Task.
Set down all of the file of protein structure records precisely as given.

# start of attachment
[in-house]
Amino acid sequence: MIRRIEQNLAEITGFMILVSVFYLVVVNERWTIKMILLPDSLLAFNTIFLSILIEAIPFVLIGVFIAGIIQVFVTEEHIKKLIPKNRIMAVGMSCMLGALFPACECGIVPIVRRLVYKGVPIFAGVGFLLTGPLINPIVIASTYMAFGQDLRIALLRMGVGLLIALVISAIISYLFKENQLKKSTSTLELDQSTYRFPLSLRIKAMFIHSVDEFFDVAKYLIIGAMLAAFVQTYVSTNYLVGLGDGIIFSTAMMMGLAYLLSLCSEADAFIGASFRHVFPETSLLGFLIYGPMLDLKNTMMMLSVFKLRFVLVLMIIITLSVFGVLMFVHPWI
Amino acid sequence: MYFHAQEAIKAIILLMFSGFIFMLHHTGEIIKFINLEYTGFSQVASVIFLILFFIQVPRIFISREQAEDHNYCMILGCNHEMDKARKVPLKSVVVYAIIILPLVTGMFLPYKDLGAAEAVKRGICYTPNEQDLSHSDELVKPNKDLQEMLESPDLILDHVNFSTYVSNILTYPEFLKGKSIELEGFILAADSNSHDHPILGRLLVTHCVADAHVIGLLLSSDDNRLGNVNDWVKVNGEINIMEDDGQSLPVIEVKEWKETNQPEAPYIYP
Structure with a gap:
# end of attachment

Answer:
[in-house]
Amino acid sequence: MIRRIEQNLAEITGFMILVSVFYLVVVNERWTIKMILLPDSLLAFNTIFLSILIEAIPFVLIGVFIAGIIQVFVTEEHIKKLIPKNRIMAVGMSCMLGALFPACECGIVPIVRRLVYKGVPIFAGVGFLLTGPLINPIVIASTYMAFGQDLRIALLRMGVGLLIALVISAIISYLFKENQLKKSTSTLELDQSTYRFPLSLRIKAMFIHSVDEFFDVAKYLIIGAMLAAFVQTYVSTNYLVGLGDGIIFSTAMMMGLAYLLSLCSEADAFIGASFRHVFPETSLLGFLIYGPMLDLKNTMMMLSVFKLRFVLVLMIIITLSVFGVLMFVHPWI
Amino acid sequence: MYFHAQEAIKAIILLMFSGFIFMLHHTGEIIKFINLEYTGFSQVASVIFLILFFIQVPRIFISREQAEDHNYCMILGCNHEMDKARKVPLKSVVVYAIIILPLVTGMFLPYKDLGAAEAVKRGICYTPNEQDLSHSDELVKPNKDLQEMLESPDLILDHVNFSTYVSNILTYPEFLKGKSIELEGFILAADSNSHDHPILGRLLVTHCVADAHVIGLLLSSDDNRLGNVNDWVKVNGEINIMEDDGQSLPVIEVKEWKETNQPEAPYIYP
Structure with a gap: